There have been enormous amounts of change within the military once the mobile revolution, and other development changes in information technology. As previously stated in my discussion answer, mobile technology has impacted my career in the most important way. As a leader, it’s imperative to always have accountability of your staff. In the military, whether it be in training or my everyday office work, I must have 100% accountability of my staff at all times. The use of technology makes accountability much easier to track, maintain, and modify at almost any location.
As a soldier of the world’s most powerful military force, the U.S Army, it is imperative that I demonstrate competence, efficiency, and professionalism at all times. To achieve this goal accountability is an absolute necessity. As a soldier I must maintain constant accountability of my equipment and my team. Without constant visual and/or physical security of my equipment I would be making it too easy for the enemy to take my equipment and use it against me and my fellow soldiers. Without accountability of my fellow soldiers I put them as well as myself in danger. If I don’t know where my team is it is impossible to come to their aid if needed and vice versa. That being said it is a key part in being a
The chain of command perverses responsibility. Milgram expresses his opinion on the matter when he says “It is easy to ignore responsibility when one is only an intermediate link in a chain of command (p511).” If somebody is just a part of a larger action then they pass the responsibility on to the other people taking part. This becomes a serious problem when everyone passes the responsibility and then nobody is liable. People giving the orders say that they are not the one doing the deed, and the people obeying say they are simply taking orders. I agree, it is very easy to pass responsibility onto somebody else, that doesn 't make it right or acceptable though. In the end the responsibility of an action belongs to the one doing it. If people held themselves responsible for their
When the army asks a soldier, what is your accountability? It is merely asking, who or what are you responsible for? It is the responsibility of the service member to have within himself the desire to care for anything or anyone that is around him or under his supervision.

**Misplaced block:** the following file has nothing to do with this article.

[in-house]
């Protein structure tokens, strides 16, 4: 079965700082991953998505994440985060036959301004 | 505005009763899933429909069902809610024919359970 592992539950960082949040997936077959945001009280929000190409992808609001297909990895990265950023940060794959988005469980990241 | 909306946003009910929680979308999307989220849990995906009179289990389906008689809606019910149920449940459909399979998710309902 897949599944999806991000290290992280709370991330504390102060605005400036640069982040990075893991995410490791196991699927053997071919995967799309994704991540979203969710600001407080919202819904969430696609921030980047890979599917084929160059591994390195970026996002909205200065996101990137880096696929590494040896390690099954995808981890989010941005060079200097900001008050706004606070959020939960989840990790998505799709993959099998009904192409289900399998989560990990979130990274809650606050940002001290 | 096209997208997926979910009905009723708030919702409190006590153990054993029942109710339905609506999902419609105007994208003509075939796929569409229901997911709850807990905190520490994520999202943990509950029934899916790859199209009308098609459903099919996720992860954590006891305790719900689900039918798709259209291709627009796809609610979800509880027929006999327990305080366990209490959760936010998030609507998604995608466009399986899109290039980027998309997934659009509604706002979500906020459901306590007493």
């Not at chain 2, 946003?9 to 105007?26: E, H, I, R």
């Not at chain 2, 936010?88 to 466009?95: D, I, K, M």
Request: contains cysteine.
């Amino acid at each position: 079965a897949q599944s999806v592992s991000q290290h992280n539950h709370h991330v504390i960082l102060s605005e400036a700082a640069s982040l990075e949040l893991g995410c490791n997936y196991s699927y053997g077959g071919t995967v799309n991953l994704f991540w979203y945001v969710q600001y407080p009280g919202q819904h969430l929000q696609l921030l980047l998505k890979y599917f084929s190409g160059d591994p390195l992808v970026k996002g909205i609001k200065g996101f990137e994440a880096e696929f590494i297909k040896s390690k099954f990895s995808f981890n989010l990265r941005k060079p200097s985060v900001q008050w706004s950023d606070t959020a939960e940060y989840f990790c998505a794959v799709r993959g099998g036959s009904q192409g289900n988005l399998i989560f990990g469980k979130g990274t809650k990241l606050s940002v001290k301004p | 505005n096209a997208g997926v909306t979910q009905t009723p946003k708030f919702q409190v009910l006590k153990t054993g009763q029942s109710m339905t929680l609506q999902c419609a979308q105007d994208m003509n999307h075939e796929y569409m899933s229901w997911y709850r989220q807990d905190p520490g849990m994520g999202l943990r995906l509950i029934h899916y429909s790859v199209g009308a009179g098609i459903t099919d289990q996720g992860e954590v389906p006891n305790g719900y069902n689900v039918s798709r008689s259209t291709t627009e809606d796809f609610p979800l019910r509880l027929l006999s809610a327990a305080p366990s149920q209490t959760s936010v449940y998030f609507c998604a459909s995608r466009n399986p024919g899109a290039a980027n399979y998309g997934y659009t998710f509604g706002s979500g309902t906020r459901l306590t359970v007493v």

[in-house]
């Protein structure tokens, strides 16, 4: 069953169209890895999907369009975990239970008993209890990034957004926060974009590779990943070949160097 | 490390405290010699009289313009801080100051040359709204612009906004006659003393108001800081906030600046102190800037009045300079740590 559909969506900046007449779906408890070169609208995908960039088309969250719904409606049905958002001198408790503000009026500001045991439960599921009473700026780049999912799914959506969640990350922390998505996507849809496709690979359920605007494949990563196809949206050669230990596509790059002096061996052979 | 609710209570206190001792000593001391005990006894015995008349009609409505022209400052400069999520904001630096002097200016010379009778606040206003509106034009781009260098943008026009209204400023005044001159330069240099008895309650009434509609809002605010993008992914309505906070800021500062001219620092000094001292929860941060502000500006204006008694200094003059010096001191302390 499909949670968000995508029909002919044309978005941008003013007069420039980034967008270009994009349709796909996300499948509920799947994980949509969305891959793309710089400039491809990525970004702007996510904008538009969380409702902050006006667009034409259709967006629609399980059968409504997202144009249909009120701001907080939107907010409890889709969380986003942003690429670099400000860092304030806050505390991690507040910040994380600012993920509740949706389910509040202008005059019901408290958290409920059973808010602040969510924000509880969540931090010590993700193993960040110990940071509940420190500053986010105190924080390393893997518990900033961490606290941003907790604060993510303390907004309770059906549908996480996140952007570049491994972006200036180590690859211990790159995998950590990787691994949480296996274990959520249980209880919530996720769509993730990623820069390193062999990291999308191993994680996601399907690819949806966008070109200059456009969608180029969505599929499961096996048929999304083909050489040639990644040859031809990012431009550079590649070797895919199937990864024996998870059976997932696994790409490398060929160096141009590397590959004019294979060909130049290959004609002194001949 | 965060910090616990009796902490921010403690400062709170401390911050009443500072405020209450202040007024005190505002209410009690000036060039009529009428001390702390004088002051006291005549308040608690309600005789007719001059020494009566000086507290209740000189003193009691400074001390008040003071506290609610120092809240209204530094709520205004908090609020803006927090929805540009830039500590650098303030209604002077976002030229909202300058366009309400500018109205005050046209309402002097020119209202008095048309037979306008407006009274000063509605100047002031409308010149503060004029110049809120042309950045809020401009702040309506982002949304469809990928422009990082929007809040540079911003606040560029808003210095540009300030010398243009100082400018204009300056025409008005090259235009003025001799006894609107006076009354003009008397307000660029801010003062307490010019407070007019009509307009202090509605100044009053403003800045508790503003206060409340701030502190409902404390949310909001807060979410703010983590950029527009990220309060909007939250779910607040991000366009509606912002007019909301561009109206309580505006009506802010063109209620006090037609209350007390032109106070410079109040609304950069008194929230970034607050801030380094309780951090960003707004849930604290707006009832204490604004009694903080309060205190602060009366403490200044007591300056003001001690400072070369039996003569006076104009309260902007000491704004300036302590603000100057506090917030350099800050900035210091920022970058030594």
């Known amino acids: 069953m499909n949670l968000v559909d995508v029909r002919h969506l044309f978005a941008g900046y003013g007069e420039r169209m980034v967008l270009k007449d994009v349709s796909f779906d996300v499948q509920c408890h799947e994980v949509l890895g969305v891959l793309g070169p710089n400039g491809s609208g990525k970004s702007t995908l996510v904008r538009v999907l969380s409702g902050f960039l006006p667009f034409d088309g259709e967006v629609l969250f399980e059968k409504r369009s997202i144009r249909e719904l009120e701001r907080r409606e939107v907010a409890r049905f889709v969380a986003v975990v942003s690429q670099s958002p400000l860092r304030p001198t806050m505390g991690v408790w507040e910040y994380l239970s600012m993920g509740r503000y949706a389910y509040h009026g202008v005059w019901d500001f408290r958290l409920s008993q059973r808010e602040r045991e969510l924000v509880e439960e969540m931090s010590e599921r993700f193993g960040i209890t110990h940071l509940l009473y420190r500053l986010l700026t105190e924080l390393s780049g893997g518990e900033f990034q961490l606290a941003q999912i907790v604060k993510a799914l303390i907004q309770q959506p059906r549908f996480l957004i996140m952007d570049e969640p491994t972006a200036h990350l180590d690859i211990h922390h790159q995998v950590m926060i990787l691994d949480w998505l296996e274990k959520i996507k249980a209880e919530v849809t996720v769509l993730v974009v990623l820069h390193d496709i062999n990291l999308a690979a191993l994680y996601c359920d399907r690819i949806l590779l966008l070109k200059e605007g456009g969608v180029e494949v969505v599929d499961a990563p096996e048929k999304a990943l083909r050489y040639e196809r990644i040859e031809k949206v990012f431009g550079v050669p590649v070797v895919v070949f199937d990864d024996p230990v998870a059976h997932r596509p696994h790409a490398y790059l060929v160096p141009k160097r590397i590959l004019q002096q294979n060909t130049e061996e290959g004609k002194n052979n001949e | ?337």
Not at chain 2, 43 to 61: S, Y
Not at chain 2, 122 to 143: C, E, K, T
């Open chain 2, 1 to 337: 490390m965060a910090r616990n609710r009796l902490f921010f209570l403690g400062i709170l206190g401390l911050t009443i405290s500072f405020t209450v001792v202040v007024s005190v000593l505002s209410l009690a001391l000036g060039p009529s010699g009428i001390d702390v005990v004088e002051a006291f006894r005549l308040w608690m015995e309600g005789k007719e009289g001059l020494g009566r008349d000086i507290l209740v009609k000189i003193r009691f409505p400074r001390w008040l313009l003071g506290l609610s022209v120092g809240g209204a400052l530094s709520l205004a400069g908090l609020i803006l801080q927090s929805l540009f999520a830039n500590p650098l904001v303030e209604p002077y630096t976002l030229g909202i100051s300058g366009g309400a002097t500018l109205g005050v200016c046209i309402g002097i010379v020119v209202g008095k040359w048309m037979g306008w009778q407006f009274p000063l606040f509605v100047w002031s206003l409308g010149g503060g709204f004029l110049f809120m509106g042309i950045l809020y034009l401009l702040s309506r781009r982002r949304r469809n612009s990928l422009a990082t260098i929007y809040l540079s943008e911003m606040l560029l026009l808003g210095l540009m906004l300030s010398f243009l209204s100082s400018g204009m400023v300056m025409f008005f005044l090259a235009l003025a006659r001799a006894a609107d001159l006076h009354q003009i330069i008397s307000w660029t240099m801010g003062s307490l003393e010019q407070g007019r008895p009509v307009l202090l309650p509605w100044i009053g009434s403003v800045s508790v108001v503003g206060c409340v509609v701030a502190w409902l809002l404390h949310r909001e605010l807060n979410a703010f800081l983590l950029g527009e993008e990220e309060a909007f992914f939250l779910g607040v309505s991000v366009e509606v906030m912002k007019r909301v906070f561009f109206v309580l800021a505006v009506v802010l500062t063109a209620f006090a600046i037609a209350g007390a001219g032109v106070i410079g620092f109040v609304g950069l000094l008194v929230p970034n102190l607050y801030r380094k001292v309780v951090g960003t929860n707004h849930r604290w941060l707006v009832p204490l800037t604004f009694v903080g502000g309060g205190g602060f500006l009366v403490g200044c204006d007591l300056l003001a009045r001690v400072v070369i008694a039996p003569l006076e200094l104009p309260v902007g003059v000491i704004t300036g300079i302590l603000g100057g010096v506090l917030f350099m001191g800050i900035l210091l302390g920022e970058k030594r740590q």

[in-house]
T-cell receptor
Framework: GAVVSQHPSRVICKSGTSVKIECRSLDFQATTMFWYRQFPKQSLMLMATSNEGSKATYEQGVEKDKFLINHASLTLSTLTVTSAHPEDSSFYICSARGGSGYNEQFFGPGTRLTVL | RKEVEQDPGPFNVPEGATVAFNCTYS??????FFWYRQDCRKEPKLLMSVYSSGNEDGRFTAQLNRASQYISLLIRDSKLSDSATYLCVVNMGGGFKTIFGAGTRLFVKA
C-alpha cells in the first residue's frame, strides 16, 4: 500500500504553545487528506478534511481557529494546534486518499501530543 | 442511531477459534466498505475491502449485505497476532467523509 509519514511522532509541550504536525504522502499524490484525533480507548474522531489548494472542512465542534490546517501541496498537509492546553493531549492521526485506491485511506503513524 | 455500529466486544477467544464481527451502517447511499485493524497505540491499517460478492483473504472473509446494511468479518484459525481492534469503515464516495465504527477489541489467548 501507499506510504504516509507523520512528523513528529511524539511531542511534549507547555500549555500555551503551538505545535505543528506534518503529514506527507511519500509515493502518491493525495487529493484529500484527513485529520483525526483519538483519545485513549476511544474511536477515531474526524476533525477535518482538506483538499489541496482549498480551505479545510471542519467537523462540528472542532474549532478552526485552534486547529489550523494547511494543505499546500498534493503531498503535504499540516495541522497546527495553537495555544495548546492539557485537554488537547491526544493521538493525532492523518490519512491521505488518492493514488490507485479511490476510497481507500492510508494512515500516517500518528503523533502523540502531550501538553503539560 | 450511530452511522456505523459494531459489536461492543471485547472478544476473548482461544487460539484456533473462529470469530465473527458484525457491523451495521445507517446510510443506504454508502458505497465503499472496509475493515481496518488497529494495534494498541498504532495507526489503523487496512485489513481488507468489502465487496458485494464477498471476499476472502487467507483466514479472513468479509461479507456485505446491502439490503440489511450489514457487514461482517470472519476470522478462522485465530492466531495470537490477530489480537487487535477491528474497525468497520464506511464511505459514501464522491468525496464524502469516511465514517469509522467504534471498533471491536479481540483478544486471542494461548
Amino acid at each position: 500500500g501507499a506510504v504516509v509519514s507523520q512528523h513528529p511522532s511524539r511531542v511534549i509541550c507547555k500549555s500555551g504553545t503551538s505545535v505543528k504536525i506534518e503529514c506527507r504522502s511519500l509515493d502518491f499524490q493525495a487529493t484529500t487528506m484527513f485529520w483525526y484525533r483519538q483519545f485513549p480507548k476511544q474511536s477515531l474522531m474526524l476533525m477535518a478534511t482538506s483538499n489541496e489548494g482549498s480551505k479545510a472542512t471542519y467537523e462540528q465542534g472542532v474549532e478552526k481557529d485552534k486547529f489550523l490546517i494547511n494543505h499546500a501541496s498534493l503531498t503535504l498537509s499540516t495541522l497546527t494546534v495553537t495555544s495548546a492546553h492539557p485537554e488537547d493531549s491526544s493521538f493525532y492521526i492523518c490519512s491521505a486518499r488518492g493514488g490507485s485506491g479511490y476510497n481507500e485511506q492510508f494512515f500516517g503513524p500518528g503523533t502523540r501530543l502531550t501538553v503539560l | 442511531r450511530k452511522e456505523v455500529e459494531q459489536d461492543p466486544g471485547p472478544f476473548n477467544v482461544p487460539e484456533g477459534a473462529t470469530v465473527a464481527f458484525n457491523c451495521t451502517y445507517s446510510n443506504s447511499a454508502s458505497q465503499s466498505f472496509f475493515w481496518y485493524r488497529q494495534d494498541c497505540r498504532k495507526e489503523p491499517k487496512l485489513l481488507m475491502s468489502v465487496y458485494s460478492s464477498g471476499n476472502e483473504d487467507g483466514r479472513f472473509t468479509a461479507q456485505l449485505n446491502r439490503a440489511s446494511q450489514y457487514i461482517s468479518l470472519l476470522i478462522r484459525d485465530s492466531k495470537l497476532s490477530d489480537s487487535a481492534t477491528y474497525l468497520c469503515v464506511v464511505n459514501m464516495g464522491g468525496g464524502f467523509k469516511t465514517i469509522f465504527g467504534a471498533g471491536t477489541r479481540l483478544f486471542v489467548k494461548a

A good word that Accountability makes up is Respect, respect yourself and others. Speaking of others that's the next topic, to which tends to be better said than done, because dealing with people is difficult especially when holding them accountable. That being the case Respect is the best option when dealing with others and much like Accountability it can be broken down into multiple categories. Besides the obvious (Accountability) Honesty and Trust are both essential elements of Respect. Honesty simply put is communicating openly and truthfully. Trust on the other hand is accepting each other's word, and giving the benefit of the doubt. Another last two key aspects of Respect is Cooperation and Support. Cooperation as in asking not expecting,
Military ethics can mean a wide range of things. It can encompass all aspects of military conduct, from writing performance reviews on subordinates, to relations of military personnel with their civilian leaders, to issues related to war (Encyclopedia.com 2017). However this reflection paper will espouse on the essential characteristics of leadership choices, higher standard for military personnel, and behavioral traits that must be imparted to our members rather than strict ordered obedience.
Most of the time, the second option is chosen whereby someone believes that it is necessary to commit injurious actions because it will cause less harm than the adversaries actions. When harmful conduct is committed through moral justification, sanitizing language and exonerating comparisons, it ultimately sets the course as a few of many tolls of breaking moral control. Displacement of responsibility has long been a method used by the military especially, to put the blame on someone else. When it comes to military commanders, they have been known to be constantly misinformed as to what their soldiers have been doing. Implicit agreements, insulating social arrangements and authorizations by indirection are used to leave the higher ranks of officials unblamable.